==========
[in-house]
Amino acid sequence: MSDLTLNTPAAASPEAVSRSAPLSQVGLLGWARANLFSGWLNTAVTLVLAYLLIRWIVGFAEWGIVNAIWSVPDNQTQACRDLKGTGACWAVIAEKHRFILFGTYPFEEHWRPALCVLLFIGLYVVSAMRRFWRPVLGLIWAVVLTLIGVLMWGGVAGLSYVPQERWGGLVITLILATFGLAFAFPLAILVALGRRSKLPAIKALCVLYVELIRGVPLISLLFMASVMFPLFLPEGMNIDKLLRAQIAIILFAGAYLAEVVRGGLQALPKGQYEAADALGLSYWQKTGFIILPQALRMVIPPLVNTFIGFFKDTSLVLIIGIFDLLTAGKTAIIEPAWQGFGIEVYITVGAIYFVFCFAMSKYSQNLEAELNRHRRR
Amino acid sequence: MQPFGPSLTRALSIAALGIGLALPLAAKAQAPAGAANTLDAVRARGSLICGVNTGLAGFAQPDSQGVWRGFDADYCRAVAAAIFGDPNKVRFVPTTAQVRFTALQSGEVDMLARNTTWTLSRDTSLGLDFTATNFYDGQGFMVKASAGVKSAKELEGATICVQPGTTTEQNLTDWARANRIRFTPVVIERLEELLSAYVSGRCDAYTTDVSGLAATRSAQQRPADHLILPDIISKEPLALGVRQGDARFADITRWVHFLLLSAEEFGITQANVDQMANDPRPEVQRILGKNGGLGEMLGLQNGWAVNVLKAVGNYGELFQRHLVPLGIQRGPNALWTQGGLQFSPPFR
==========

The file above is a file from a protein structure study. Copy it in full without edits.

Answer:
[in-house]
Amino acid sequence: MSDLTLNTPAAASPEAVSRSAPLSQVGLLGWARANLFSGWLNTAVTLVLAYLLIRWIVGFAEWGIVNAIWSVPDNQTQACRDLKGTGACWAVIAEKHRFILFGTYPFEEHWRPALCVLLFIGLYVVSAMRRFWRPVLGLIWAVVLTLIGVLMWGGVAGLSYVPQERWGGLVITLILATFGLAFAFPLAILVALGRRSKLPAIKALCVLYVELIRGVPLISLLFMASVMFPLFLPEGMNIDKLLRAQIAIILFAGAYLAEVVRGGLQALPKGQYEAADALGLSYWQKTGFIILPQALRMVIPPLVNTFIGFFKDTSLVLIIGIFDLLTAGKTAIIEPAWQGFGIEVYITVGAIYFVFCFAMSKYSQNLEAELNRHRRR
Amino acid sequence: MQPFGPSLTRALSIAALGIGLALPLAAKAQAPAGAANTLDAVRARGSLICGVNTGLAGFAQPDSQGVWRGFDADYCRAVAAAIFGDPNKVRFVPTTAQVRFTALQSGEVDMLARNTTWTLSRDTSLGLDFTATNFYDGQGFMVKASAGVKSAKELEGATICVQPGTTTEQNLTDWARANRIRFTPVVIERLEELLSAYVSGRCDAYTTDVSGLAATRSAQQRPADHLILPDIISKEPLALGVRQGDARFADITRWVHFLLLSAEEFGITQANVDQMANDPRPEVQRILGKNGGLGEMLGLQNGWAVNVLKAVGNYGELFQRHLVPLGIQRGPNALWTQGGLQFSPPFR